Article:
Couple who lost home to mudslide see God at work in community response
By Jean Parietti
ARLINGTON, Wash. (CNS) -- Ron and Gail Thompson are grieving their neighbors who are lost or missing in the Oso mudslide, but faith and lots of love and prayers are helping them stay strong.
"I've just been holding the hands and hearts of my neighbors who are still waiting for word of their loved ones," Gail said a few days after the March 22 disaster that wiped out their neighborhood. As of April 9, the official death toll stood at 36, with 10 people still missing.
Only two families in their neighborhood of 27 homes haven't suffered the loss of loved ones, Ron said.
Gail and her mother almost didn't go on the shopping trip. Her mother wasn't feeling well, but as the morning wore on, she started feeling better. Ron suggested it would be good for her to get out of the house. "As soon as he said that," Gail recalled, "I heard, 'You go.' I said, I'm supposed to go. I heard that loud and clear."
They are saddened when thinking of the neighbor who waved as he drove into the neighborhood as they were leaving that morning. He was among the missing in the slide's aftermath.
Tears mixed with laughter as the Thompsons reflected on the disaster, good memories of their close-knit neighborhood, and the broader community's response to those in need.
"It's so hard for us to be happy for us and for our family" when others are facing the loss of loved ones, said Gail, who is the secretary at Immaculate Conception Parish. But the Thompsons take comfort in their faith.
"We believe that life is stronger than death, and so to be absent from the body is to be at home with the Lord," Gail said. "Our belief is that they're there now, praying for us because we're the ones that are needing it."
They also feel the support, from near and far, of family, friends and even strangers. "Every time we get hugged or prayed for, I'm telling you, it just enlarges my heart," Gail said in an interview with Northwest Catholic, the magazine of the Seattle Archdiocese.
The Thompsons are awed by the outpouring of donations from all over and the hard work of so many volunteers, at the mudslide site and behind the scenes. "I see how God is in this and how he's working it for good," Gail said. "There's so much good," Ron said. "Everybody can do something and this is bringing that part out."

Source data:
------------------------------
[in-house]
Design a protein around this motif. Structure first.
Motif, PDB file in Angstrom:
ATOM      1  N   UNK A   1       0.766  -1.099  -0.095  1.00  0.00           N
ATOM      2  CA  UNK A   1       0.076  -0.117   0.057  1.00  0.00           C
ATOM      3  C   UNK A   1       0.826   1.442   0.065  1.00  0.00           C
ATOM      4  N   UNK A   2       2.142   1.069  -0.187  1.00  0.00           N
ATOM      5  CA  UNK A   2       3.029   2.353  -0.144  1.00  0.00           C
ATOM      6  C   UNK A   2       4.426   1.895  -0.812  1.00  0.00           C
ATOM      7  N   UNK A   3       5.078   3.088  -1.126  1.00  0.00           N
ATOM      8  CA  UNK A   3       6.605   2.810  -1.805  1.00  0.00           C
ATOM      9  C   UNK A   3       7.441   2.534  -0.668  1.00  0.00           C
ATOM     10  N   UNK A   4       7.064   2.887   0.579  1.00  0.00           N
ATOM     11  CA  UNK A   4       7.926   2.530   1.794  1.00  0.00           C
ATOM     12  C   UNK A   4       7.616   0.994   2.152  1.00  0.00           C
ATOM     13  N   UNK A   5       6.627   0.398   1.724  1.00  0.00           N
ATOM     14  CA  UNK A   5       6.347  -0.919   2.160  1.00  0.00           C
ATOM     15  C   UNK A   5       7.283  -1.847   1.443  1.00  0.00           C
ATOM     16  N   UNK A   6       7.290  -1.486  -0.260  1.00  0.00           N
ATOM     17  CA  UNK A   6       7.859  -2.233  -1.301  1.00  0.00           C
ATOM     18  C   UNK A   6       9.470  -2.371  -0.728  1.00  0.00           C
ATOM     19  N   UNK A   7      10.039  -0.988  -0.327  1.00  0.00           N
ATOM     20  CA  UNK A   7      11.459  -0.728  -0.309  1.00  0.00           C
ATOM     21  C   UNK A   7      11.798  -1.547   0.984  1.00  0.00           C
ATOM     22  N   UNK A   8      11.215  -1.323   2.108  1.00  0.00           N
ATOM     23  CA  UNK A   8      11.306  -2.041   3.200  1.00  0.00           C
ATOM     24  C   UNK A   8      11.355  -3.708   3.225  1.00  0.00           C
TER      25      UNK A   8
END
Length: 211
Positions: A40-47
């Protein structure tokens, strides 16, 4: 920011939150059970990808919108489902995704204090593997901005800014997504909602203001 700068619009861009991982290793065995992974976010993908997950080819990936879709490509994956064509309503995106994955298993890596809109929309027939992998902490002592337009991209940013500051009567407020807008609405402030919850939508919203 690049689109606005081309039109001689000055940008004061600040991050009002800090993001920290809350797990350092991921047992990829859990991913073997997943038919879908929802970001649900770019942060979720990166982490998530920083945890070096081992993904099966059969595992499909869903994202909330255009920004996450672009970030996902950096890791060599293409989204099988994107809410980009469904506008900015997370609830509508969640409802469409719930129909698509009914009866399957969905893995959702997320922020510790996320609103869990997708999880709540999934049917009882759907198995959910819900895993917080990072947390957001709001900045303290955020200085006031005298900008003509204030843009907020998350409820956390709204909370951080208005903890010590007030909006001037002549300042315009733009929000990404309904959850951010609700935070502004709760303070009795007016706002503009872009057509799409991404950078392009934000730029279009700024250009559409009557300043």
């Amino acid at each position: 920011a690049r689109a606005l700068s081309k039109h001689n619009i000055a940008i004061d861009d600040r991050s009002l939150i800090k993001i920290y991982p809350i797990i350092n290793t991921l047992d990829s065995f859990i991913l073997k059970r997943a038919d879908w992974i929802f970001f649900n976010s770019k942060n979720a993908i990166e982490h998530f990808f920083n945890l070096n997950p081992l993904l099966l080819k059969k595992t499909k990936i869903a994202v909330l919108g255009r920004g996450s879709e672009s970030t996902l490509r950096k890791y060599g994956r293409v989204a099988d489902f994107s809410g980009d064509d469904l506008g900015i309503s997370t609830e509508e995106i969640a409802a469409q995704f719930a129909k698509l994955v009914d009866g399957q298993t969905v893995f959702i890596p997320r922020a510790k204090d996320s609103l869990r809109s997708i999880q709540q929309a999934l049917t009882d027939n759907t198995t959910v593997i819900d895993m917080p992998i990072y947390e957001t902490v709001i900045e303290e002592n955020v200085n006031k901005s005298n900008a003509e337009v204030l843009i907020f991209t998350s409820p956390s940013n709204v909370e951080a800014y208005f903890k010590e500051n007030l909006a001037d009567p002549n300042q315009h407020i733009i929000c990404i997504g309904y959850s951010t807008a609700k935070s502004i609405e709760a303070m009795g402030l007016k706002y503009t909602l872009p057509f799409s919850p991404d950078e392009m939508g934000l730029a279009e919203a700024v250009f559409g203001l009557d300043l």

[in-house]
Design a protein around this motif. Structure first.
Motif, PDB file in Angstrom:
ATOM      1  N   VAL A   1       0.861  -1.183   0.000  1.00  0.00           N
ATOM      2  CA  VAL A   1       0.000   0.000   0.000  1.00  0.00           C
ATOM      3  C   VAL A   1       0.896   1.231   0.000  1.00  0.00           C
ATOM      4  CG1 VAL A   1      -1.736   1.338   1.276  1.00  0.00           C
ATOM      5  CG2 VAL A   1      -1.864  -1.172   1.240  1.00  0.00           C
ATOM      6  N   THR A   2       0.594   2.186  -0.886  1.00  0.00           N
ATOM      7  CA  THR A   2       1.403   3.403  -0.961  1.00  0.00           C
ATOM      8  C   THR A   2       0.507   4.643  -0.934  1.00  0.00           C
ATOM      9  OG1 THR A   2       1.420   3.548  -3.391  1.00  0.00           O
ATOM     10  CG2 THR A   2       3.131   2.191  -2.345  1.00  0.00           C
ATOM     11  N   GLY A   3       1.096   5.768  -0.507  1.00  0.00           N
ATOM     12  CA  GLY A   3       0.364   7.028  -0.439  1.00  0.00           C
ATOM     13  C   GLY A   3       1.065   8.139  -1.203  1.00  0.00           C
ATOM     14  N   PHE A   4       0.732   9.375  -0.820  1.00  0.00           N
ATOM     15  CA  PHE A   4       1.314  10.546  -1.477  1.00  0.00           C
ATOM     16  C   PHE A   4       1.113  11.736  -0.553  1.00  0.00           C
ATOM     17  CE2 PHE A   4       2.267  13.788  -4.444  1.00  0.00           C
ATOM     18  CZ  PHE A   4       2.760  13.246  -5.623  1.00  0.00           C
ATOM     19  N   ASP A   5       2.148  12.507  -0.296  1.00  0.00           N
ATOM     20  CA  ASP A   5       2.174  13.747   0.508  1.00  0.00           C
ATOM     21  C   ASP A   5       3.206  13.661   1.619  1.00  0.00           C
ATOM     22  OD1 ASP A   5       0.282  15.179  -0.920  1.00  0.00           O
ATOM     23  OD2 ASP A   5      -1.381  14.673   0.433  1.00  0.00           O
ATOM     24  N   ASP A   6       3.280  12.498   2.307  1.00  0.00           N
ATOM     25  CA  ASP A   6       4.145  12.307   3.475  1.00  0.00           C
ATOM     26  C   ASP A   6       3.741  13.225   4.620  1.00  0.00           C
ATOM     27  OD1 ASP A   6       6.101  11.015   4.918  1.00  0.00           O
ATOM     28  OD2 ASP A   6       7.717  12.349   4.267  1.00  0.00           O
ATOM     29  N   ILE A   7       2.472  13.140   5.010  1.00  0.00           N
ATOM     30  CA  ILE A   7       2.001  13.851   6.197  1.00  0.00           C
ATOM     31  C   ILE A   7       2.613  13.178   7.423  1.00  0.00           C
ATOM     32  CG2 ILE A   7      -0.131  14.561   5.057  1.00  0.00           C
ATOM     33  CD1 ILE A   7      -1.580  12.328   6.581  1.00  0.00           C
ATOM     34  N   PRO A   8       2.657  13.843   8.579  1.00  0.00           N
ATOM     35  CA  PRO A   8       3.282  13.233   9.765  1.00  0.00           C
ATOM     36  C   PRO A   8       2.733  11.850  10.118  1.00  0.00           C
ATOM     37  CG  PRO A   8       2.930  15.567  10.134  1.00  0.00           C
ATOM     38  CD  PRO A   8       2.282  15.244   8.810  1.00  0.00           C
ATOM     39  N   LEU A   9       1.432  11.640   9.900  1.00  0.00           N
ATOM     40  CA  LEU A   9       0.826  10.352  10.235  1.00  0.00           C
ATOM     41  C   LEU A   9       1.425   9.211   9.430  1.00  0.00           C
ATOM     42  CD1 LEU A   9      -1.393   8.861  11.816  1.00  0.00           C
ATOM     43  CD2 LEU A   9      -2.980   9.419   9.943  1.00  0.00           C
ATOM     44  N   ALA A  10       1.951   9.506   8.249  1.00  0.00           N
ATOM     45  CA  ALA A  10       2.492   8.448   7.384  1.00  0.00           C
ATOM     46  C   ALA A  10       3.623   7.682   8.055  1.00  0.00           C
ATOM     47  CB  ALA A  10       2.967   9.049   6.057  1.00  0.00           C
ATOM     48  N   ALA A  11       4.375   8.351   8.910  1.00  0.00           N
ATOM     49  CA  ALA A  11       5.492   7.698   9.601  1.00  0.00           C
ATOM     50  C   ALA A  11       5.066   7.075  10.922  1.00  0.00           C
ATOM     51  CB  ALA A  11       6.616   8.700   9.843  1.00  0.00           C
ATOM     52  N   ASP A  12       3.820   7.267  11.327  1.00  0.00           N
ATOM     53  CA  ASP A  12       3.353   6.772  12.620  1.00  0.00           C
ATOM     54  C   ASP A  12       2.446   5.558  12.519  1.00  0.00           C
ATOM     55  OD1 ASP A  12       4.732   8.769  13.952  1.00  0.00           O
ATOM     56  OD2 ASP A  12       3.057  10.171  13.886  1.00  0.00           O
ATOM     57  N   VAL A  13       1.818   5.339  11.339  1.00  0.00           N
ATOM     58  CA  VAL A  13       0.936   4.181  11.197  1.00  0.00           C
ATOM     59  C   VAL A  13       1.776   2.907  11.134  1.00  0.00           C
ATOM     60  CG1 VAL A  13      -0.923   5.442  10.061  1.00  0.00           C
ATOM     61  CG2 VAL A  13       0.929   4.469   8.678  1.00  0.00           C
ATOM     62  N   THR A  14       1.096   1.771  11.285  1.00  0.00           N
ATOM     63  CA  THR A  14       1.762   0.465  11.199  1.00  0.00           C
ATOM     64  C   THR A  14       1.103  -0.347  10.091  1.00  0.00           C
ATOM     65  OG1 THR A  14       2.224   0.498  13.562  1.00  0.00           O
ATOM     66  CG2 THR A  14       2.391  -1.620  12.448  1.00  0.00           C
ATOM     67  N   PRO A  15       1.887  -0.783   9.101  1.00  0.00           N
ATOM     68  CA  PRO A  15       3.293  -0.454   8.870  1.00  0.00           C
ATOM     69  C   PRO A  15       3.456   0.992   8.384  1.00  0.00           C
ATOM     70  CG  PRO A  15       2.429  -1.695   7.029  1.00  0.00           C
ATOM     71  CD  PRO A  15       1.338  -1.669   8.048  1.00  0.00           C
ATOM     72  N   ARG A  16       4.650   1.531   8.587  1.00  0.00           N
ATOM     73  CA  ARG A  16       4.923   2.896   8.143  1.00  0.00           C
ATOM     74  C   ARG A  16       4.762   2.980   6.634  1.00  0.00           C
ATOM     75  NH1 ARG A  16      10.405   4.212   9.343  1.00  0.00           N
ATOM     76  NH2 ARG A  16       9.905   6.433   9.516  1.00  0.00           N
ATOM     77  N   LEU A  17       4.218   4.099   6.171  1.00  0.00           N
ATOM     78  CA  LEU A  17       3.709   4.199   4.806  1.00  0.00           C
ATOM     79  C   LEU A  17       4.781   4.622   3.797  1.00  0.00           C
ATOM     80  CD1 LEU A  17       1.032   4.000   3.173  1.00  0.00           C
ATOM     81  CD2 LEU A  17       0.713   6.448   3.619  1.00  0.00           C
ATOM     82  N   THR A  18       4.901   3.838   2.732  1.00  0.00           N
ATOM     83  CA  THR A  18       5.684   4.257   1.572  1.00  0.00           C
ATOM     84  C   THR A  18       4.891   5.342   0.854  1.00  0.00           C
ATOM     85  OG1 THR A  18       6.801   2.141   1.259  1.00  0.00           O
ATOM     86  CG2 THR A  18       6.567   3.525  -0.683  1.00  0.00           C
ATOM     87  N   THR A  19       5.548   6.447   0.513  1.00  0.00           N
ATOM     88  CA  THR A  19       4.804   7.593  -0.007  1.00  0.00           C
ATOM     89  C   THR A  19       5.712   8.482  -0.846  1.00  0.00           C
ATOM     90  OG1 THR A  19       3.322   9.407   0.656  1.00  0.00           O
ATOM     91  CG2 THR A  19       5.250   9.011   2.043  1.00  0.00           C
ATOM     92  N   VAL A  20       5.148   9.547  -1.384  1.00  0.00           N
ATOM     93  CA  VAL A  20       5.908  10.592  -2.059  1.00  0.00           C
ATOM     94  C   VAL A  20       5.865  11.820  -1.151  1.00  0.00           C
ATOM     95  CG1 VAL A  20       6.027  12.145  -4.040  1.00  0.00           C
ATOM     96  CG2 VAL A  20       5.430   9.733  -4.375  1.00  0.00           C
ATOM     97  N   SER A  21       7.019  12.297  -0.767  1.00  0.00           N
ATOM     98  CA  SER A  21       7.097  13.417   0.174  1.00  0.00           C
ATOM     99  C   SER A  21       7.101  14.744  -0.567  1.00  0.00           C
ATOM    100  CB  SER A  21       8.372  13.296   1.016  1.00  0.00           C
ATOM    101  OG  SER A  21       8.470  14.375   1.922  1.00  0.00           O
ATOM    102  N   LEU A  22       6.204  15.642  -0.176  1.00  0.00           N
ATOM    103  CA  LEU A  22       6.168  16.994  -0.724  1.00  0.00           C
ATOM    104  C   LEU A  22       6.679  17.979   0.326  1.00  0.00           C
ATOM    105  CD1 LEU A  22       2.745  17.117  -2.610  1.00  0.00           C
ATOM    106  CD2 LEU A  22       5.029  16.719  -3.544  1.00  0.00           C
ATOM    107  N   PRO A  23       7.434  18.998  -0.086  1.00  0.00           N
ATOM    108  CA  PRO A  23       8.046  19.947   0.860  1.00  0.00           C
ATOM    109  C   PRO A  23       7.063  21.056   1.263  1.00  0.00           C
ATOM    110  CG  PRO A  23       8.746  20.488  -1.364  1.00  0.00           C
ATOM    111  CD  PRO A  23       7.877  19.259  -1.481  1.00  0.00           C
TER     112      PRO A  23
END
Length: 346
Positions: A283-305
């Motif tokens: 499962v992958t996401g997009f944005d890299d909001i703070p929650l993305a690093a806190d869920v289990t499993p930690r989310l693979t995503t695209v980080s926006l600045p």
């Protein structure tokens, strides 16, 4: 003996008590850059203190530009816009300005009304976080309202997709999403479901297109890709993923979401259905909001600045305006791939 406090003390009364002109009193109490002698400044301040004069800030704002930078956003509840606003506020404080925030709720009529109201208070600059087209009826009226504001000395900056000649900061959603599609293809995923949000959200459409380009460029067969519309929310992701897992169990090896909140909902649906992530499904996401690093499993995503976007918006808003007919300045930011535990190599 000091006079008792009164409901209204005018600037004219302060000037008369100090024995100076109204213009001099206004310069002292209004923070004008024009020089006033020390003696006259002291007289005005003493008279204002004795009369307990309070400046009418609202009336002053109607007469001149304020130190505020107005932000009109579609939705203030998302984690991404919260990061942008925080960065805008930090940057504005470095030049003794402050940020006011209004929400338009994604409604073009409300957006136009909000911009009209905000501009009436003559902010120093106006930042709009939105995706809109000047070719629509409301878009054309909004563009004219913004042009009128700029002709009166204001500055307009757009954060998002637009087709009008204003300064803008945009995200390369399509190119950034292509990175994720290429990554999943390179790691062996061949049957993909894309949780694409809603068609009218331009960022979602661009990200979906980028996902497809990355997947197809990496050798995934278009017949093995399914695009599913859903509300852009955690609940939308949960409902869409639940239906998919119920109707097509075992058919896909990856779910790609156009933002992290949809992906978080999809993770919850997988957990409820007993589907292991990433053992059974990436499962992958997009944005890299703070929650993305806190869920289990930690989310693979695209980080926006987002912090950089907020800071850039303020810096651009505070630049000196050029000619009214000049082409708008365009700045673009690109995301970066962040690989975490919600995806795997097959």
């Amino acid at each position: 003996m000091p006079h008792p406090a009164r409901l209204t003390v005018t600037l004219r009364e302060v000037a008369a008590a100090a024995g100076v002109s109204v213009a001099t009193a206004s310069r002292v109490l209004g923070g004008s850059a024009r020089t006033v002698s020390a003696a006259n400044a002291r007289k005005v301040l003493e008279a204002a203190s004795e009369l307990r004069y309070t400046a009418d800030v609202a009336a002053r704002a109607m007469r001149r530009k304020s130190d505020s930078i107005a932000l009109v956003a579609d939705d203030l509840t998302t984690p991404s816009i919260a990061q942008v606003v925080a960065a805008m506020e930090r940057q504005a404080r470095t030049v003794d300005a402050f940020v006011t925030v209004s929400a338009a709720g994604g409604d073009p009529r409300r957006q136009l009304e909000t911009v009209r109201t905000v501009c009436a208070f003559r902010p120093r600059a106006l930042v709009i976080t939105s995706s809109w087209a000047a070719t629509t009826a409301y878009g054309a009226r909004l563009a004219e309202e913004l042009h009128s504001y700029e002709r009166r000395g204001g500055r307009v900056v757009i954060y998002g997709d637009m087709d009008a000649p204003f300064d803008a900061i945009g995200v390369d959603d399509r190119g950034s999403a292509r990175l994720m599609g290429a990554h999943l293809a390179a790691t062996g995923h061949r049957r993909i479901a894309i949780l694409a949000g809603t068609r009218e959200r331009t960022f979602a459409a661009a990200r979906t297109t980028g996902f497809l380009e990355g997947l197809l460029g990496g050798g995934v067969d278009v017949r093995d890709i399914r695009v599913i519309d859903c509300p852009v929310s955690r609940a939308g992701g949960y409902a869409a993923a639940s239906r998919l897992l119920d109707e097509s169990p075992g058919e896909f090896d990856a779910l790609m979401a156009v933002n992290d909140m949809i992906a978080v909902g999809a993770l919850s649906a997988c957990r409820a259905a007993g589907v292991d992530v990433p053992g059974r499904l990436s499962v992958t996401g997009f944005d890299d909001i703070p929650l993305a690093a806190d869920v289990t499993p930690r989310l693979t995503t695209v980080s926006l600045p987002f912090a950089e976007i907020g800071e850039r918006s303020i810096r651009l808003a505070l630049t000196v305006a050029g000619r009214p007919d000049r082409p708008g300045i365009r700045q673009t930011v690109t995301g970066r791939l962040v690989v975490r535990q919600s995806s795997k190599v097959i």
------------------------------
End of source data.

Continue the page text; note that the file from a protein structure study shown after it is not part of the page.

Ron and Gail said they feel blessed that their neighborhood had a St. Patrick's Day party just a week before the disaster. Gail cuddled 4-month-old Sonoah Heustis, "holding her and kissing her and telling her what a wonderful future she had ahead of her. And I see her face," Gail said, her voice catching. The baby and her grandmother died in the disaster.
"We weren't even aware of the fact that (as) we hugged and kissed and shook hands and were saying goodbye ... that was goodbye," Ron said.
The Thompsons moved to the five-acre property in 2003 and considered it their little piece of paradise. "We put ourselves, everything, in that because that was our investment in life for ourselves, our future, for our children," Ron said.
They had paid off the property, so they would "owe no man nothing but love," Gail said. "Our mission was that everybody would know that all we had belonged to the Lord," Gail said. "We never saw that as ours."
Every year, Ron cultivated a large garden, asking neighbors what they wanted him to plant, and then sharing the harvest with them. In winter, he enjoyed plowing snow from the neighbors' driveways with his John Deere tractor. The couple turned a bedroom into a well-stocked pantry, ready to help the neighbors if needed. "It was more than just a neighborhood," Ron said. "It was a family."
Their five daughters and extended family also loved the property along the Stillaguamish River, where they would have family gatherings and campouts with outdoor movie nights.
On the Friday that would be their last one in their neighborhood, Ron and Gail dined on stuffed mushrooms and breaded green beans, sipped a glass of wine and sat by the fire pit until darkness fell.
"It was a wonderful last evening," Gail said. "The snow was all over the mountains. The sky was so blue; the sun was out. It was just like God really blessed our last day above and beyond what I could think or imagine."
"Really, we're fine," Gail said, "because the Lord is everything for us. We want to be signs of love and sources of joy and beacons of hope for everyone."
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